Also, this one doesn't count because it ASKS the user it they want to be infected:
          [i]First, when executed, the virus asks the user if it's allowed to spread.[/i]

          So again, using Apple logic, it doesn't count. Hey, I'm only using the same arguments you guys do! :) :) :)
    • Well, it IS Windoze - from MicroShaft!

      What did you expect?



      A pleasant user experience?
  • sad, MS is vector for more malware

  • takes the biscuit

    along with your other posting on CAPTCHAs.

    I guess we need signed, maker-validated installs. I am sure the Chinese are as capable of knowing who their safe producers are as anyone, and of making vetting organisations that self-serve for legitimatising shareware to keep that resource open as well.

    Narr vi
  • More proof that Windows no matter what its shape or form

    Is a piece of garbage.

    Thank goodness for Iphone and the upcoming Google phone. Think Microsoft will provide a patch or update to stop this?

    • What about the link above?

      The one NonZealot provided about the one found on the iPhone? It installs pretty much the same way. Does that count
  • Windows Mobile Protection

    I'll have to read up on how to protect the phone; is there a Windows Mobile AntiVirus?
    • Tons, just Google it (NT)

  • Anyone surprised?

    This has been threatened for years and finally, ta-da!!! here it

    Everyone knew that WM was a security sieve brought to you by
    the same folks who brought you such other failures as Xbox,
    Vista, Zune, Spot, etc.

    Now, all the ZDShills like Ou and his ilk will propose a
    thousand excuses for why the worst and least ethical company
    in the world could not provide mobile devices that are not an
    open invitation for trouble.

    Yup, the iPhone is starting to look better each day with its
    locked down security.

    Is the following not a wonderful story of how good triumphs
    over MSFTevil?

    Oh well, a billion here; a billion there...:

    EU May Give Size Of Microsoft Fine
    By a WALL STREET JOURNAL Staff Reporter
    February 27, 2008; Page B2
    BRUSSELS -- The European Union is expected, as early as
    today, to detail the size of a massive fine against Microsoft
    Corp. for failing to comply with a 2004 antitrust decision,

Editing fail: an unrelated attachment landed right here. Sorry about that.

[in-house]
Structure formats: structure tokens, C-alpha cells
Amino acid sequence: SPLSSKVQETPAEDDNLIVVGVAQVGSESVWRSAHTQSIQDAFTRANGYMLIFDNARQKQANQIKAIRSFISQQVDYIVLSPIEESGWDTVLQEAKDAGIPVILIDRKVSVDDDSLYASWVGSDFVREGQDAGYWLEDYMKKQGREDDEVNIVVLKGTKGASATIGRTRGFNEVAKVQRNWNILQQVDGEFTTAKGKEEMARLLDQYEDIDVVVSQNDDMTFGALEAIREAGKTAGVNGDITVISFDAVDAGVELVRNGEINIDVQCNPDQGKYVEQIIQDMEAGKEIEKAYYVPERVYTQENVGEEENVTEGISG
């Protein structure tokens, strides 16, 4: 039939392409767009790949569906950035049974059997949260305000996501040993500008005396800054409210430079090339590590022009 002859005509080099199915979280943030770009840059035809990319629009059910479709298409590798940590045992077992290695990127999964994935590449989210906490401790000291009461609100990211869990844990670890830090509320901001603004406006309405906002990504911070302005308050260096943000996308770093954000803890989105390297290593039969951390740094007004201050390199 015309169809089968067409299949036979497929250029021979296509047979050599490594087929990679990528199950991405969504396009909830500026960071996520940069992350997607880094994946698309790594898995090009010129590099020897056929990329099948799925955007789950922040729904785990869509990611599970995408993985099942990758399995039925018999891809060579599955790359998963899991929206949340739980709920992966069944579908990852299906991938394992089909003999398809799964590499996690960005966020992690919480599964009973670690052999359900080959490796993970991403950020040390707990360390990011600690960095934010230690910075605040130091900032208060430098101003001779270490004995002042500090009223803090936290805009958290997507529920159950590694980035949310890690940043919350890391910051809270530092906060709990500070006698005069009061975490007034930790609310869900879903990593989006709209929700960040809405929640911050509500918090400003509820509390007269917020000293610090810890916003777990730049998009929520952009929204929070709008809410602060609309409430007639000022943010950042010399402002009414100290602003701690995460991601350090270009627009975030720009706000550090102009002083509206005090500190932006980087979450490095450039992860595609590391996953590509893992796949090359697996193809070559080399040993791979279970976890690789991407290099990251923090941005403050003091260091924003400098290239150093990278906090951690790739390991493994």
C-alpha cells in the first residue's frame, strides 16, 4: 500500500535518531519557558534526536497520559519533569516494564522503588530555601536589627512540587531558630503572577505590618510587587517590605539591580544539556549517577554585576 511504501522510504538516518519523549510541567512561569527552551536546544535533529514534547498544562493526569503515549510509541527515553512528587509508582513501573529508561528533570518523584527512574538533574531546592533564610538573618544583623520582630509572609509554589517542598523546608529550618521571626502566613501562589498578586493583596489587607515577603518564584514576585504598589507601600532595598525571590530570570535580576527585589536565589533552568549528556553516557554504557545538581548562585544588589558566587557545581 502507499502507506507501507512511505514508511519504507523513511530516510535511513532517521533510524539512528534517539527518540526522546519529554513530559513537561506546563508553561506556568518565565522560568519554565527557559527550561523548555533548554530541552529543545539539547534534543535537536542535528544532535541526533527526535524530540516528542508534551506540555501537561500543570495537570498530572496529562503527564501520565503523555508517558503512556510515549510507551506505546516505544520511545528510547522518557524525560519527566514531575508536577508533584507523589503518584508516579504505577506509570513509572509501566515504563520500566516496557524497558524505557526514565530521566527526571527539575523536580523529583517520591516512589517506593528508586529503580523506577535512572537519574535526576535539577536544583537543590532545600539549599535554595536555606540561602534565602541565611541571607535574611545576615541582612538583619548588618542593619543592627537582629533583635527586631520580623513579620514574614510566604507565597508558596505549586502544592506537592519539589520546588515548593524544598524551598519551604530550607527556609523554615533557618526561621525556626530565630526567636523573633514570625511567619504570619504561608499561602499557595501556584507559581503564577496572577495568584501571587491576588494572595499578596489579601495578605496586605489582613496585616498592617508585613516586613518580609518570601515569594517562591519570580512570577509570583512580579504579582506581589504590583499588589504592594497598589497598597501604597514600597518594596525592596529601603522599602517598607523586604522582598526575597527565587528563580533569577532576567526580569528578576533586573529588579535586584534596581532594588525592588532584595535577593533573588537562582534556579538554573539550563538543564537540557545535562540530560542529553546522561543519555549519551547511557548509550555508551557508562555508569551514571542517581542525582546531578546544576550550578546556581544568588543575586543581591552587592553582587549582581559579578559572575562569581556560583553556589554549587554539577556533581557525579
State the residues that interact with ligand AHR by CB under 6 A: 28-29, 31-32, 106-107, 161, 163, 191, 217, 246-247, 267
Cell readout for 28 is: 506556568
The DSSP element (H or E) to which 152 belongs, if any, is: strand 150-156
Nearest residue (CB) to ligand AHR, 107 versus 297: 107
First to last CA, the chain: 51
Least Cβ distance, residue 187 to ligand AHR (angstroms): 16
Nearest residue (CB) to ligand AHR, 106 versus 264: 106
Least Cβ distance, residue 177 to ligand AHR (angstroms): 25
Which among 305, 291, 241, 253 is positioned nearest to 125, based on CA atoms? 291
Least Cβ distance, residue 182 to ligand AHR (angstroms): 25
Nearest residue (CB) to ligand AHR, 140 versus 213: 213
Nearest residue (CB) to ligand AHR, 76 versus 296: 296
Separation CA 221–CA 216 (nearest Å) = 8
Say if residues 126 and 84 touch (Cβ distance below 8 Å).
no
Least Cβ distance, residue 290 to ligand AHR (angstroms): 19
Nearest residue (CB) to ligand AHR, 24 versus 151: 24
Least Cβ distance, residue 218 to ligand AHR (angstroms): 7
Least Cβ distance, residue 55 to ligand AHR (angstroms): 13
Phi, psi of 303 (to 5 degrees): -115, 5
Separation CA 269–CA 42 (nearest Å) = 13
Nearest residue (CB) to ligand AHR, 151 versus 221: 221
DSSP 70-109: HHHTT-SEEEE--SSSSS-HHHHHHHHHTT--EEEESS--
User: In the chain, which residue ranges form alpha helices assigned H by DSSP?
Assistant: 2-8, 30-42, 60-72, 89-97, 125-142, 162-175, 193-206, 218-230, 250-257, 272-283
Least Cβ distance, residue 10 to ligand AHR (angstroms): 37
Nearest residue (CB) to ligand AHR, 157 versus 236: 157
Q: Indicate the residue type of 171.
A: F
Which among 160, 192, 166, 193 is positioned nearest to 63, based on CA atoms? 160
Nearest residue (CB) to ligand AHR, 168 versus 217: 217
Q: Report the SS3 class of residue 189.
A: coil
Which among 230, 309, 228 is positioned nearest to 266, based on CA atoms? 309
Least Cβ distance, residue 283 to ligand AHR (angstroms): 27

according to a person familiar with the matter.

    The figure could be as much as ???1.5 billion ($2.22 billion),
    which is three times the ???497 million that was assessed in
    2004, and an EU record. The fine would be in addition to
    ???280.5 million already levied for noncompliance.

    The 2004 decision ordered Microsoft to turn over technical
    documentation it was charged with illegally keeping from rivals.
    But in late 2005, the EU said it wasn't satisfied with what
    Microsoft had produced and threatened a fine of up to ???2
    million per day. That was later raised to ???3 million.

    The EU stopped the clock on the daily fines last October, after
    Microsoft agreed to license the technical information. But the
    EU hasn't yet totaled up how much it will assess, and the final
    amount isn't clear. If Microsoft is given the maximum, it works
    out to ???1.5 billion.
    Jeremy W
    • Nope

      No, I'm not surprised at all that you've posted yet another ABM trolling and included a lot of off-topic garbage at the end of it.
      Hallowed are the Ori
    • EU Paves the way

      The EU will pave the way to allow the open source develoers to write more effective malware to try and convince us that we need to use their software, thereby us allowing them complete and unfettered access to our systems and our files so that they may suck all the money out of our accounts. No Thanks, Microsoft should tell the EU to go suck on a rotten egg.